This site is intended for healthcare professionals

The Neurotransmitters: Ep. 15 - Concussion with Dr. Miesty Woodburn



This on-demand teaching session is relevant to medical professionals and features Michael Ken Trees and Dr Misty Woodburn discussing everything related to clinical neurology with the goal of reducing neur a phobia and concussion. Dr Misty defines concussion, the acute symptoms, the threshold, and the evaluation process. The session offers a comprehensive understanding of concussion, which will help medical professionals better diagnose and prevent this injury on the field.
Generated by MedBot


I'm joined in this episode by Dr. Miesty Woodburn, a neurologist with training in concussion in athletes. We discuss the signs and symptoms of concussion as well as general principles of how to manage symptoms of concussion.

Find me on Twitter @DrKentris or send me an email at theneurotransmitterspodcast@gmail.com

If anyone wishes to get in touch with Dr. Woodburn please reach out to me via the above contact information.


The views expressed do not necessarily represent those of any associated organizations. The information in this podcast is for educational and informational purposes only and does not represent specific medical/health advice. Please consult with an appropriate health care professional for any medical/health advice.

Learning objectives

Learning Objectives 1. Identify the signs and symptoms of a concussion 2. Explain the concept of a symptom threshold and its significance to concussion assessment 3. Describe the process of immediate evaluation for a suspected concussion 4. Recognize the impact of sub-concussive hits to a person's health 5. Differentiate between the various elements of a neurological examination, such as strength, coordination and vestibular testing, when evaluating for a concussion
Generated by MedBot

Related content

Similar communities

View all

Similar events and on demand videos


Computer generated transcript

The following transcript was generated automatically from the content and has not been checked or corrected manually.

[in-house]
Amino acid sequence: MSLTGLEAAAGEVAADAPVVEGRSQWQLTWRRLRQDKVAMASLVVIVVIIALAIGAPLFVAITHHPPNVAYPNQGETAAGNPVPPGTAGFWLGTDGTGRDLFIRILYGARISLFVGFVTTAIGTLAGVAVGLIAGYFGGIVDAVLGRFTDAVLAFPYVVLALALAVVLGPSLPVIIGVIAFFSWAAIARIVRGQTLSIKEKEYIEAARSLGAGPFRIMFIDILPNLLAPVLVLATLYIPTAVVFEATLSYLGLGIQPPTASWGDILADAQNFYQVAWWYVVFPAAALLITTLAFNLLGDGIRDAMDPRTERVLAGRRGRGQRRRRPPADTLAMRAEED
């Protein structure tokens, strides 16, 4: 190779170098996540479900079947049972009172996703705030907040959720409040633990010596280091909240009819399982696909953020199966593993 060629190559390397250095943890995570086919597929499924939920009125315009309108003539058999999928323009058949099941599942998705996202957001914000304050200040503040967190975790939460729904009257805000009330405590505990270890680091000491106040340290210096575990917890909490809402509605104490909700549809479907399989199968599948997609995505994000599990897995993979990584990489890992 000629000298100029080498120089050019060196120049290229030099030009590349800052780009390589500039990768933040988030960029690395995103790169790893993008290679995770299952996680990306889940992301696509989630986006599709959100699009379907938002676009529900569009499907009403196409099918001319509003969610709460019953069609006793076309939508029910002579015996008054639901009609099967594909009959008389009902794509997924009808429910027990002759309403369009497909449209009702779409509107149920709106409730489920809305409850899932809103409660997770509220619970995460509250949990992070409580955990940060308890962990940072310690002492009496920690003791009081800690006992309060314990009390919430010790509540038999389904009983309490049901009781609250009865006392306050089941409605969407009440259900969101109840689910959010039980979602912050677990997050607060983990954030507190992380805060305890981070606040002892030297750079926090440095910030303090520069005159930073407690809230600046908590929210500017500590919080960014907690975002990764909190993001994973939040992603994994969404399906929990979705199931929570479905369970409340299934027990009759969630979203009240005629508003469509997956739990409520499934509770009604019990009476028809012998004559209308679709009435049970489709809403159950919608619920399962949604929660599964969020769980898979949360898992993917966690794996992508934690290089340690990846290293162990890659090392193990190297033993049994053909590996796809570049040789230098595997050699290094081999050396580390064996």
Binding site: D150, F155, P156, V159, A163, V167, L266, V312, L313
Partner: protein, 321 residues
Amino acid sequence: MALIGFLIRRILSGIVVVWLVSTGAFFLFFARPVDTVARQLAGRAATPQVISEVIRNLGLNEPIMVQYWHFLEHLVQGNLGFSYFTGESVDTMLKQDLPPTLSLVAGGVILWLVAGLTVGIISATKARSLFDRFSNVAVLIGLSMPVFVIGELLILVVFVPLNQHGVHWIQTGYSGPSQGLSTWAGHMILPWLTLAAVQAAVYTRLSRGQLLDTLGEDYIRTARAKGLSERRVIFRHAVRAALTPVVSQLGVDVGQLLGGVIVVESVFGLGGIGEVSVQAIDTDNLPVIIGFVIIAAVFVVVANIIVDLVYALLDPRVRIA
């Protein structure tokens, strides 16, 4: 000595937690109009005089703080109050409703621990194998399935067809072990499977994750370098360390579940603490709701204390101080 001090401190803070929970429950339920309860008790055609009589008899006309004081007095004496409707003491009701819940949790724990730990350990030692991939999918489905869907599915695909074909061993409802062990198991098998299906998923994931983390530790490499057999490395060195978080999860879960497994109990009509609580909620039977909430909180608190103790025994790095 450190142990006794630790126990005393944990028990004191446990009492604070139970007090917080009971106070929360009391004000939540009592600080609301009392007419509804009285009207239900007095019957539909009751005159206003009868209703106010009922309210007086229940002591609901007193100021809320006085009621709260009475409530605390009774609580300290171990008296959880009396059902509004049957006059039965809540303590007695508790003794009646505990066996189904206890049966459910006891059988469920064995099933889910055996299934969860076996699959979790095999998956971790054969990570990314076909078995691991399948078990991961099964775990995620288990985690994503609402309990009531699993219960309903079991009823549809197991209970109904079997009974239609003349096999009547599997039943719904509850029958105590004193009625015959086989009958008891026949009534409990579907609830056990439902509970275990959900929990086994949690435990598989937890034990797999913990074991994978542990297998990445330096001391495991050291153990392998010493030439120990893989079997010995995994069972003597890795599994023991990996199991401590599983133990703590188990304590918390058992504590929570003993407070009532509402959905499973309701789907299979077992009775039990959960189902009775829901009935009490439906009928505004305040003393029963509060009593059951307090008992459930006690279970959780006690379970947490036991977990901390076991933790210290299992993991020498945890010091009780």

Hello, everybody and welcome to the Neuro transmitters podcast, a show about everything related to clinical neurology with a goal of reducing your neur a phobia. I'm Michael Ken Trees. And I'm very happy to be talking today with an old friend of mine, Dr Misty Woodburn. And today we're gonna be talking a little bit about concussion. Hey, Misty, how are you doing? Good. How are you so good. So I really appreciate you taking the time to talk with me a little bit about concussion and uh kind of what that involves. So would you mind starting us off with just kind of a, a basic definition of concussion? So it's um like a basic definition is a direct blow to the head, face or neck or elsewhere in the body that um with an impulsive force transmitted to the head. So it's not necessarily always a direct blow like it's like a jerking motion and you know, forces transmitted in the brain is moving that can cause a concussion, acceleration, deceleration sometimes like would you like whiplash can sometimes be associated things like that? Um And what kind of like signs or symptoms would we expect to see immediately after uh such an injury depends, depends on the level of impact. Um So you can have headache immediately or shortly thereafter within a day or two. some patient's feel cognitively slowed down. So they're short term memory is affected. They can be repetitive in nature and their questions. Um they'll have like some mood disturbances. So some patients will have like aggression or like anxiety, they'll become tearful, um gait imbalance. So like just standing up and, you know, having their basic coordination can be affected. Um Patient's will also like have difficulties in there like sleeping patterns. Um they'll have difficulties falling asleep or staying asleep, there's dizziness, um you know, not just lightheadedness but like a spinning sensation, like the vestibular system is affected. Um you know, they'll have a neck pain. Some patient will have like an occipital neuralgia. Um So those are like acute things initially that happens pretty large. It's all about the threshold. Yes, it's a, it's a smaller board. So, and so tell me about that threshold. So every patient is different. Uh not every hit to the head or jarring motion is going to cause a concussion, but everyone has like a symptom threshold. So you can see like a hit or a fall um or a drawing motion and you think that's got to be a concussion, but you have to do an evaluation to see if are they symptomatic and everyone has like a symptom threshold so some patient's thresholds are a lot higher or I've seen patient's initially, they'll have like, confusion, dizziness lasting from, you know, seconds to, you know, less than 15, 20 minutes and it goes away like, and then they're asymptomatic after that. Um, and some patient's immediately following a hit, um, they will become symptomatic and, and go from there. But it's, it's kind of like on a scale. And so there are some where they call sub concussive hits where, you know, you're not having a symptom onset, but the force enough was sub concussive, like it just didn't bring on the symptoms, but it was enough to last concussion, but you're not symptomatic. I don't know that repetitive sub concussive hits are kind of like, uh, would it be fair to say kind of the hot new area in some areas? Concussion research? It is. And it's, uh, one, a lot of things that they do is, um, just to kind of measure like the force of the head and, you know, how many in a practice or time they have a lot of helmet studies to see that and how that correlates. What is the, you know, the athletes symptomatic things of their nature trying to like, catch it immediately, um, to bring them out or to see like, okay, that was sub concussive, but they're not symptomatic and managing it over time throughout the season? Okay. So, in someone who, who had a concussion, let's say like an athlete on the field and they, you know, evaluated on the, uh, side of the field or the court's what, what goes into that evaluation immediately following, immediately following. So, depending on the sport, um, on the sideline in football, there's normally a spotter. So someone that actually saw the hit that can explain to you what happened. Um, but immediately following, like, if I'm on a sideline and I see an athlete go down and I'm concerned, um we or if they're down, the team goes out like that, the trainer goes out, um neurologist, if there's one there or the and then they come to the sideline to do a sideline evaluation, we normally remove the athlete from uh the setting because it's a lot going on for them. So like after, you know, compute confusion can come after one and you know, the heightened sensitivity, like, you know, they can get migrainous features and so you normally we remove them and take them back to the locker room. Uh Some, I think some universities have like a kind of pop up kind of tent to where like you can privately evaluate them to um to, to bring out some to decrease the distractions and you do a neuro exam. But you also have like other components to check the vestibular ocular system as well. So like, you know, you make sure cranial nerves are intact, their hearing, there's no facial cemetery. So you have them take off their helmet, you know, if you can, um, you have them, if there's no neck injury suspected, if they're walking, they can take off their pads. And so you're, you know, you're checking that like tone, you know, looking at their pupils, um, you're looking at their extraocular muscle movements and you're checking like sick assad's like, you're, you know, smooth pursuits and then you're checking vertical and horizontal. Saca's where you have them, you know, like you're standing in front of them and you have your thumbs, what, you know, six inches apart, maybe more than that. And then you have them look back and forth in a horizontal motion for a few things to see if they're, it's smooth as they go back and forth. Is it causing symptomatic dizziness? And you do the same thing vertically and then you also check vor where you have them, have their, um, thumb is at arm's length like, like this in front and you have them focus on their thumb and you, they rotate the upper body back and forth and then you see if symptoms come up and you check their eyes, if they're able to continue to track in that slow motion. A lot of patient's are symptomatic with that, you check convergence. Um, you know, if it's converging, like not within, you know, I think within 10 is normal outside of that, they have issues. Um, and then you check their strength, you check, uh, you know, upper body strength, lower body strength, you check their coordination, finger to nose that can sometimes be off. You have them do Romberg testing that we normally do. But we also some practitioners do uh Fukuda where they have them with their hands outstretched in front of them, standing up, you close your eyes and you march in place. And what happens is a lot of people will kind of veer off because they don't have that, you know, that's spacial awareness anymore that's been disturbed. Um And then you have them do like a single leg stance um where, you know, a single leg squat. So you have them stand with their hands on their hips, um one knee up and then they do a squat and they come back up and then you have them do a tandem walk as well and a lot of times this is done and you compare it to their preseason evaluation. So that was kind of like a quick and dirty of like a sideline or like in the locker room. But you normally, you know, you do a pre season. So you can see like they always had issues with finger to nose dysmetria or tremor at baseline. Do they have difficulty with smooth pursuits or psychotic intrusions? You know, are they have, do they have balance issues at baseline too with the Fukuda or, you know, tandem? So you're not basing it off of something, you know, if you've never really seen the athletes so long, you know, where I did my fellowship, we had pre season and so we had the book there. So you can go over like this is what their exam was like prior. Do they have a symmetric people that baseline? Are they sold to react? That's all there. So, you know, you have a baseline and then this is different. Yeah, and, and then you also do like the quick of, you know, orientation questions like, you know, where are we, who are we playing? What's the last score? You remember here? Five words. Can you repeat them back to me, you know, stuff like that. So um is there, is it more of like if there are any abnormalities like in that coordination testing in those eye movements, uh they're immediately like not going back into the game or is there like a threshold? How quote unquote, how abnormal things have to be before you? Yeah. So it depends. Well, I gave you like the neuro sideline evaluation of it. Um athletic trainers have their own, they have their standardize their sac where they asked like orientation questions, they ask concentration where they give a series of numbers and do it backwards, you know, they have immediate recall, delayed recall. Um and then they do kind of like a quick strength exam. And so what I would see because I was formerly an athletic trainer, what we would do is like if it, I think it was, if it was like, I can't remember the number cut off if it was a number cut off with the orientation and mental status changes, they were automatically not going back in what I've seen sideline wise. It's, uh, fairly obvious that they, if you're familiar with the athlete or say you did their preseason testing or you have their preseason and you see them in front of you, It's pretty, fairly obvious at times that something is not right. So you can, what I've seen with some patient, even behavioral eyes that they're normal, you can see um extraocular muscle um changes like you see psychotic intrusions when you're testing this a cods, you see they're having difficulties like there's like a drag when you do the vor their balance is off and these are, you know, running backs who are known for their balance. So it's the subtle things. Um some patient's will immediately have a headache and that is an indicator there. Yeah, or they'll immediately say I just don't feel right. I'm dizzy or, but you do have athletes, it'll be like I'm fine, I'm fine, I'm fine. And so in those instances, you really have to calm them down and I feel like I have to do this for your safety and, and once you like, slowly go through the test, they're, they're more app to be honest or like you can see things and what I was, you know, they teach you is if you are seeing abnormalities on the exam or you're seeing personality changes there, you, it's not like this huge where you're like, well, let's way that your, the safety is your, of utmost importance. And so, yeah, you pull and you're also talking to, depending on, um, if you, this is football or, or basketball or soccer, like someone that saw the hit to. So, did you see the hit directly? Do they have tape? And so you can see like, hey, it's something abnormal and then you can go over the play and then, yeah, it's really helpful to know the mechanism that makes sense. And just a quick thing for, for those who might not be familiar with the term psychotic intrusions. Um, what, what does that look like when you see it on exam? Uh, it's kind of, it's, I guess the first time I saw it was one of my, one of the concussed high school players. So when I was checking their cicadas where you have, I guess your thumb shoulder with apart and they're looking back and forth. So it's normally like a smooth pursuit quickly and then it just stops. It's like a jerk. Um, kind of like a, like a break in the, in the smoothness. Yes, it is. And it's quite, if you're looking, you're just like, oh, and then you have them, you know, do it again and some patient's, some athletes or patient's have it at baseline. Um And that's where preseason testing is helpful and you can get do it with, you know, when you check for vertical, sick odds are with the vor testing, sometimes you will see it. Um But you know, if that is not something on scene on pre season testing and you see it there, that's indication that, you know, the stimular system is affected as well. Yeah, so, so let's say you have someone, you know, they've, they've had an injury and you think they have a concussion currently based on your exam or the symptoms and you have to pull them from the game. So when would you go about like when, when would they be able to return to play? Like can they come back in that same game or are we usually talking a bit longer? So a bit longer if you're diagnosed in someone with a concussion, um, it's at least a week that they are not in, back in the competition. So, excuse me. So within, so it's about seven days standard. If there's a loss of consciousness, it's longer than that, right? So it can be like 14 to 21 days. And a lot of that is also based on the symptoms that they're having. So you, you put them in, I'm sure you hear when they talk about their in the protocol, the return to play protocol. Yeah, most institutions have it even at high schools, the athletic trainers, um, have it where they put them through like a kind of a system that they go through before they go back to immediate um competition. So it, you know, it starts in the acute phase, the injury onset. So it's kind of like a, like a grass. So you have it shoot up and then it slowly kind of goes down over a seven day period. So when you have the onset of symptoms like that symptom threshold is passed and they have like headache or they're dizzy or their lack of coordination, they're sleeping, right? Things of that nature, that acute phase within 1 to 2 days, it's you just normally have them rest, but it's not a we don't know, cocoon therapy is not something that is done done anymore. Like you got to have them in a dark room and no lights and no interactions. Can you imagine giving this is, you know, these are big life events if you're used to playing, used to being around people and you isolate them, that's not great. You know, especially, you know, concussion can affect mood. So you have them in like a rest period, they're not physically active, but we would tell patient's, you know, do what's comfortable to you if you feel like watching TV. And you know, your headache gets worse, like turn down the, the brightness of the screen on your phone. Uh use the blue light filter, you know, things of that nature, take a break. Um, and in that time you can use, um, insides or, you know, they, you know, the standard is like Tylenol within a 24 hours. If you're concerned for like, a bleed or anything like that. I think we're in a phase of care where if you think that there's a bleed, you just get them to a CT. Right. So, you're not really gambling in that. Yeah. Yeah. Uh, so within that, you know, those few days, if they have a headache, you can treat it with Aleve twice daily. Um, and then you just have them, you know, for several days resting and then you do like a graduated return to play program. So if it's in a seven day period, the 1st 1 to 2 days, you know, you have them resting, you know, making sure they're hydrating, you know, some athletes, you know, they'll either have difficulty sleeping or they'll sleep a lot and you just let them rest, like there's no, like waking up every two hours or three hours. And then as you go, you know, as they go through that acute phase or that relative rest, you can slowly do like a graduated, um, program where they can start to exert themselves. So you do like light cardio have them doing like, just straight ahead walking or Stairmaster treadmill is, and then you have to see if their neck is involved because, you know, that's going to be a part of it too. I wouldn't say that you immediately start doing trigger points. You know, you do stretching and, and exercises around that time and then during that time they're doing straight ahead. It's like 30 40 minutes at a time. Um, and then you can slowly bring in like the next day with agility. Um, one thing is some patient's, the headache or the dizziness will worsen. And so there is a thing where you kind of back off a little bit and maybe you don't go to that next step of agility, um, or sports related activity, you go back to like the straight ahead walking or running, but we would do it on like a graduated thing to where it's like one is like, you know, your relative, you're feeling fine and three is like, you feel awful. So as long as you stay within that 1 to 2 phase, you're able to continue to be active, it's, it's, I think people, as soon as you're symptomatic, you immediately have to go back to step one. You don't necessarily have to do that. Yeah. Yes. Yeah. With, with every athlete you have to. Yeah. And then you have to make sure they're hydrating. Um, some athletes, um, and regular citizens are notorious for not hydrating. So, are you feeling dizzy because you only drink five ounces, did it? And, and that's why you're feeling like that with working out. So that's a part of it. To eating and then, you know, you do the cardio the straight ahead and then you can do agility things the next day. Then you do sports related activity drills, like running back drills and then you do contact. So this is all, each day, it's a progression. And then when you are able to do full contact activity and your symptoms are well controlled, it's not, uh, that spike up in symptoms again and you're stable. Um You're able to determine at that time. Okay. Are they ready to go into full competition because they've done full contact, full activity and uh done well, then they go, then you determine, can they go back to full competition? Uh I know you mentioned the minimum is typically a week but in your past experience, what, what would the average be for most people who have had, you know, let's say a mild, moderate concussion. We don't even really use mild to moderate anymore. But yeah, but I mean, I do know that they still a lot of circles of mild, moderate severe. Um, but we don't really use that as kind of as it is or it isn't what I've seen with colleagues that I've interacted with. Is there any distinction with a concussion with versus without loss of consciousness? Yes. So a lot of times if there is a loss of consciousness, uh some of the symptoms are just more pronounced, um or they last longer. So, before you go back to activity, you know, did the headache go away? That's one thing the dizziness gotten better. Um, has, you know, the sleep pattern changed a little bit? Um, are they feeling better? The memory changes have gotten better? So, it's normally with the headache and the dizziness has gotten better and then you go into your activity phase with loss of consciousness, sometimes that symptom amount or time will last longer. So you're not ready to go to that, graduated to get to the cardio. They're still pretty symptomatic and you need to and how symptomatic are they, is the headache really bad, you know, and this is where the history comes in. Do they have a history of migraine? If they have a history of migraine, they're going to have migrants, you know, so you have to treat the migraine if they have a history of insomnia or sleep issues, it's just going to be exacerbated after that. So you manage it, same thing with like mood, um, dizziness or, you know, if they have a stimular issues or, you know, orthostatic hypertension prior it, that's, you know, those are things you're going to have to take care of post concussion just makes everything a little bit worse. It does. It does. Yeah, just shakes up the bottle of Coke. Yeah. Now, what's the overall outlook for, for people who have suffered a concussion? Like in terms, like, let's say the short and the long term, you know, are like people who have had like, let's say a concussion without loss of consciousness, you know, assuming an uncomplicated course there's no bleeds on, you know, or anything like that that developed in their brain. Um What like they have a mild headache and like maybe some coordination difficulties. Yeah, like due to most people recover spontaneously, are there people who kind of transition into a longer form? So most people like concussion is acute, by definition, it's not something by like three months later you're still suffering from, it's really the symptoms from it that you're still, you know, you're still having the headache, you're still having the dizziness, you're still having the sleep issues and so on. But, you know, concussions acute. So within like, you know, 7 to 14 days, those acute, you know, everything that's gone on has, has resolved. So it's just really like the symptom management of that. And so if you have patient's where, like, as you say, like uncomplicated within a week that they're doing better and they're returning to play, you know, the, it's, and I never looked, I haven't looked at in a way it's, it's going to be debilitating years from now because it's an acute thing and as long as you're managing the symptoms, so, you know, I've had athletes that are worked with athletes that within a week they're able to return to play and some athletes, it's within two weeks, they're able to return to play. Um, the, I guess the fear lies is, is if they are heard again before they, they're concussion has resolved. And so, and that's where you have to, you know, you understand that it's an acute thing and, you know, within that 7 to 14 days there's, you know, Gosha and, you know, I know we were talking a little bit before I hit the record button, uh, recent uh, sports events at the national level. There was a lot of talk about Second Impact syndrome, which I know is uh somewhat disputed in some corners. But I was wondering if you would be able to share your thoughts on that. So I'm unsure if your listeners know what like the definition of second impact is. So it's so it's like it's thought as if you don't recover from a concussion and you have another concussion and then the brain rapidly swells and it's catastrophic. That is what like, yeah, like cerebral oedema herniation. Yeah, events, life ending because oops, sorry because you didn't recover from your concussion. That was something that was thought or fear from before we have the research that we have now uh what it does is, you know, if you are say your in that phase of recovering from a concussion. So you have your injury on a Friday and say come Sunday, the symptoms, the headache or gotten better. And then Monday, you're doing like uh like cardio activity. And so it's in that time of like, symptom management and recovery returning to play, you mistakenly have another one. All it does is reset the clock. So, now we're, now we're back at day zero. So you're going to acute rest. And, and that's saying if it's uncomplicated prior, now, if you're, you know, you have a brain bleed, that's a traumatic brain injury and that's, that's a completely different realm. Yeah. It's certainly much more acute, more risks for various problems. Yes. Now one thing, uh, I've seen this a couple of times in the news, uh, not just recently but where people, mostly with like American football where they get like a pretty nasty that you said American football. Well, you know, we have some international listeners out there but, uh, uh, where people will, uh, they'll get hit, they fall and they kind of have like this abnormal posturing. Does that have any clinical relevance? Uh, 22 doctors on the sideline or in terms of the prognosis, what does that, what does that mean? The same clinical relevance is if you went to the, er, and you saw someone posturing, uh, I think we're neurologists. So we're like, oh, gosh, the red nucleus. Okay. Yeah. So, yes, it's, it's the same immediate, you know, reaction that there's initial fear. Have I seen an athlete do that before? Yes. Um, and so terrifying. It is. It is. Um, so, but you, you always have to remember um, that on the neuro aspect of it, it's just kind of us and sometimes you have someone else there with you that kind of, you know, understand, you know, the implications or what to do next. But yeah. Mhm The same feeling that you would get saying it. Yeah. So, so a spinal reflex essentially, right? So in this particular situation, obviously, you have to rule out like you said that there wasn't like a massive brain bleed or something like that that's developing acutely. But let's, let's say that, you know, there's no evidence of that would then be considered like probably like a spinal reflex, something mediated by either the midbrain pons, something like that. Okay. Gotcha. Yeah. But once you kind of, you got to go through the like the ruling out part. But yeah, write those patients are going to the emergency department. Yeah. Yeah. So what we, you know, with that sideline assessment you're on the field and your initially, it's not even a sideline, you're checking their pupils, you're checking, you know, their tone, you're, you know, you're seeing there really sensation before you even checked on like how things are and you're, you're moving them off the field, they're not moving themselves, go on, go on the gurney and get carried. Mm Yeah. And sometimes it, you know, it's different. Some patient's like pop out of that quickly and you know, you go from there but you want to be cautious athletes. I love, I love working with athletes, but I also know that you have to save them from themselves. So a lot of driven people, they are very motivated and it's, uh, they're great to be around because, you know, you want to be better right along with them. But you also got to like throwing the reins. But yes, and you can have seizure after concussion too. Sure. From my background, I would consider that usually an acute symptomatic seizure. Yes. So they don't normally wind up on anti seizure medications per say. Yes. So, um and it's very like clear uh for your listeners, like it's a seizure and it happens quite soon after the head injury. So I've had uh two patient's that have had that one was a car accident and the other one was, I think BMX. Yeah. Oh, wow. That I imagine they go through all the same work up that they would uh for anyone else with the first time seizure in terms of eg MRI of the brain, all that kind of. Yeah. So the first one was in residency, you were, you had left the first one? Yeah. Yeah. The first one was residency was came in as an emergency and the other one. Yeah, he, they actually saw me, I want to say within like a week or four days of having like the head injury and then the post traumatic seizure and they had already, they were immediately taken to the hospital and got imaging and things of that nature and they were coming to see me um, in training to see if it was safe for them to ever kind of ride again. Do the six months. Yeah. Yeah. Yeah. So we just, you know, we did that same kind of thing that we did who with um, like, you know, you do the slow return to play and you monitor them during that process and, you know, yeah, they're able to return activity but you're also making sure that they don't have another event. But it's, I think the, we're lucky we're attendings that had worked with, um, athletes or soldiers that had post traumatic seizures. So they were very comfortable with, you know, following them and taking care of them. Yeah, like, yeah, you have activity. We're just going to, you know, monitor you and you're gonna see us back at 36 months and go from there. Yeah. Absolutely. Yeah. Now, 11 last topic I wanted to touch on, I would see sometimes people who had sustained workplace injuries and they would usually have, you know, kind of these, these concussion symptoms. But, you know, I know you said there are more acute but these are months removed down the road where they're still having headaches, uh, you know, kind of sensitivity to like auditory visual stimulation, sleep impairment, mood impairment. Um, and I know it's kind of a nebulous term depending on what criteria are you using but like post concussion syndrome would be sometimes kind of like the label that best fits people. Remember one lady in particular she was like, restocking shelves and like, uh, like, it doesn't stand mixers fell and like, landed on her from like 10 ft up. Yeah, that's a pretty, pretty bad injury to. But what, what are your thoughts on the term post concussion syndrome and the treatment of patient's who might have it? So the term is a blanket term, it's kind of an umbrella like the symptoms that you have after, you know, that acute part of the concussion and the changes that have occurred with the jarring forces in the brain have already resolved. And now you're just left with these symptoms. So it's a, it's easier for patient's to grasp if you just say, oh, this is secondary to your concussions. So it's post concussive. There are, you know, people in our field that don't like the term, they prefer to split it up to what you are actually dealing with your dealing with post traumatic migraine, you're dealing with, you know, sleep disturbance or insomnia, you're dealing with mood or adjustment disorder. They don't like the blanket term because some patients' kind of cling to that, this is all my concussion. And so, and with those patients', you just kind of sit down and you take the time um to explain to them. Yes, you know, you likely had a concussion. Um, but that acute injury has resolved, you were no longer concussed. And that's, uh, you know, some patients get really mad. I've got, I've had patient's get really mad at me when I say that and I try to tell them I'm not discounting that you were concussed at one point. But you're, it's an acute diagnosis. You know, this happened three months ago, you're not still concussed, but you're having symptoms from that. And so what happens is in that acute phase. Sometimes the symptoms are not well managed and that's how they linger. And so, you know, people, I have heard providers that are fearful of treating headaches, post concussion because they're like, if I treat the headache, what if something else is going on and we miss it cause they're not in pain. And then I say, well, if you did a neuro exam or if they had imaging and it was normal, you treat the headache. And so, you know, you, the first, um, was it 2 to 3 days you have them schedule to leave, um, twice a day, uh, to help break the headache cycle and, you know, sometimes it gets better after that and you don't need anything else or you use predniSONE like it's the same way you'd give a predniSONE burst to treat a migraine. They're having post traumatic migraine. So you treat it like any other migraine, do any other migraine. So you give them that burst and taper over like seven or something, uh, providers like 10 or 14 days and then you go from there and I would still, with patient's that have had a workplace related injuries that they come in with a migraine that is still there for months on end. I would give them predniSONE. By the time they've seen you, they've already had imaging their exam. You're not finding anything on exam. So you're like, why are they feeling this way? They have a migraine. So you treat it like a migraine and you know, the same way you would, you know, in a lot of times that helps break the cycle and then once you break the cycle, then it's just like okay, intermittent migraines, this is how we're going to treat it. And so you go from there. And so I was, I've been very big on, you know, symptom management. You have to think about it in ways of how we manage symptoms with other neurological conditions to like sleep, we manage sleep with MS patient's neuroimmunology, epilepsy patients', we manage mood with them too. It's just the same kind of thing, the same thing. Yeah. And it's, it is very, I've seen with patient's that work in a certain setting that their symptoms aren't because they have a neuro exam, their headaches aren't believed or their mood complaints are believed. So they're very defensive by the time they get to you. And so you just got to try to take the time and I love a, a board to draw out the map. So I draw out the graph and just, you know, this is the acute and then it, you know, goes down like that angle down and sometimes people don't go right back to that, that y axis. They, they kind of stay, yeah, they kind of stay, they plateau. So and then it's just like we just got to bridge the gap to get you back. So yeah, so sometimes they'll be more helpful if people aren't as familiar with, with concussion. And people, the sequela of it just treat it like it's individual components, use the tools that you would normally have in your toolbox for treating migraine, treating sleep, treating mood disorders. And it just so happens that they're all coincident with each other as a cycle of the concussion itself. But there's nothing necessarily exotic or unusual about how you would manage them uh as a whole. Yeah. No, it's not. Nothing too crazy. Sorry, I think I misspoke from it goes from the peak of the Y axis and then it just kind of goes to the end of the X and sometimes people don't hit that, that line, they kind of stay up in the plateau in this horrible phase of symptoms and you just got to bridge the gap for them. But, you know, I can understand the fear and things that go on with that. But you know, if you break it down into like a symptom instead of seeing it like, oh, they had a concussion and I have to treat this huge crazy thing when you know that it's months later and it's an acute thing. You, you treat their symptoms and patient's feel really well when their symptoms are treated. Um, it's also, you know, difficult because they've been dealing with this for so long. So some patient's don't believe they'll get better. And so you have that hurdle to kind of get over to, like, just trust me and, and that can be difficult. Sure. Yeah, especially like you said, that they've been disbelieved by, uh, different people in the medical community for months on end while they, while they feel terrible. Yes. I mean, we all trust our neuro exam and we see the exam were like, exam's fine. Yeah. But, you know, my Graner's have normal exam too, you know. Yeah. I mean, people with epilepsy often have normal exams. Right. It's not, doesn't mean it's not serious. Right. That's exactly. But, yeah, any, any final thoughts that you would say that people with like in primary care or neurology trainees or trainees in general should, should know when they're encountering, uh, people who have suffered concussions either in the acute or the, uh, post phase. Uh, you know, just to, you know, you've had the training, it's patient's are fearful of concussions and the state that we have right now with everything everyone's kind of fearful of it. Um, but if you just take a kind of a step back and listen to the symptoms and the severity and you just go from there, like, is it within that first week period, have their symptoms? You know, the natural course is they start to feel better and if they're not, you know, their symptoms weren't well managed, you manage your symptoms, you know, if not every concussion needs an MRI, but if it's going to make you feel better as in, you know, a provider to say that it is normal for them, you could do it, it'll help them and help you a sideline to that. You know, I know we sometimes get imaging to treat ourselves rather than our patient's. But do you ever find that like when you're trying to build that rapport with the patient, like we're going to get these symptoms under control by doing XY and Z, if there's someone who is, let's say more skeptical, oh, for your plan, will you say like, well, we'll get an MRI, we'll make sure everything looks okay. And is that, is that a helpful strategy at times? Yes, I have done that before. Um It can be helpful and I tell patient, you know, some concussions or, you know, they do say M TBI mild traumatic brain injuries, you can have like a slight contusion instead of, you know, in certain areas. But I do go over that, you know, that's likely normal. It'll be normal. But if they need it, I'll get it and it's kind of a mixed bag. So some patient's see the normal exam or see the normal MRI. And they are mad because they're like, it's all in my head and you, you know, and they are mad at themselves, they're mad at you. And then I tell them it's not all you have headaches. Like I told you have headaches, we can treat it or, you know, some patient's see it as well. There's something else going on and you just haven't found it. And so it's, if you can kind of lay the foundation as best you can, like, you know, the MRI is not going to necessarily change my management. I'm going to still want to do these things. But if it's going to help you for, for me to go over it, um, you know, once you get it and I do, I go over all the sequences, the flare, uh, you know, a DC wi to like explain which ones we use for the bleed, the t to looking at the vessels. It and it, it helps, um, for them because they, a lot of patient's feel that they're broken because they've had this and, you know, with, you know, physicians and providers to just reassure them that this is something you can recover from, you can, you know, do great things still. There's a lot of fear out there with it and there shouldn't be. I love to use one of my friends as an example. He's had, like, four and he's a new radiologist. He's one of the hardest people I know. So, with rugby. So I'm like, yeah, no, there's a lot of fear and just, you, you know, you get more comfortable with it and go from there. But, yeah, or call, you know, you can always, like, curbside people to get their opinion too. Yeah, it never hurts to get another opinion. No, it doesn't. No. Well, thank you so much for talking about concussion with me today. For anyone who wants to reach Dr Misty Woodburn. Uh Please reach out to me either on Twitter at Doctor Ken Trist Drkentris or by email. Yeah, that's a good way. Doctor would burn. Thank you again so much. I appreciate your time today. Oh, I enjoyed it. Thank you everyone for listening. If you enjoy this podcast, please rate review and share it on Apple Spotify or wherever you get your podcasts and please subscribe for future episodes. You can reach me on Twitter at Doctor Ken Trees. That's Drkentris or by email at the Neuro transmitters podcast at gmail dot com. With any questions or show suggestions. We'll see you all next time.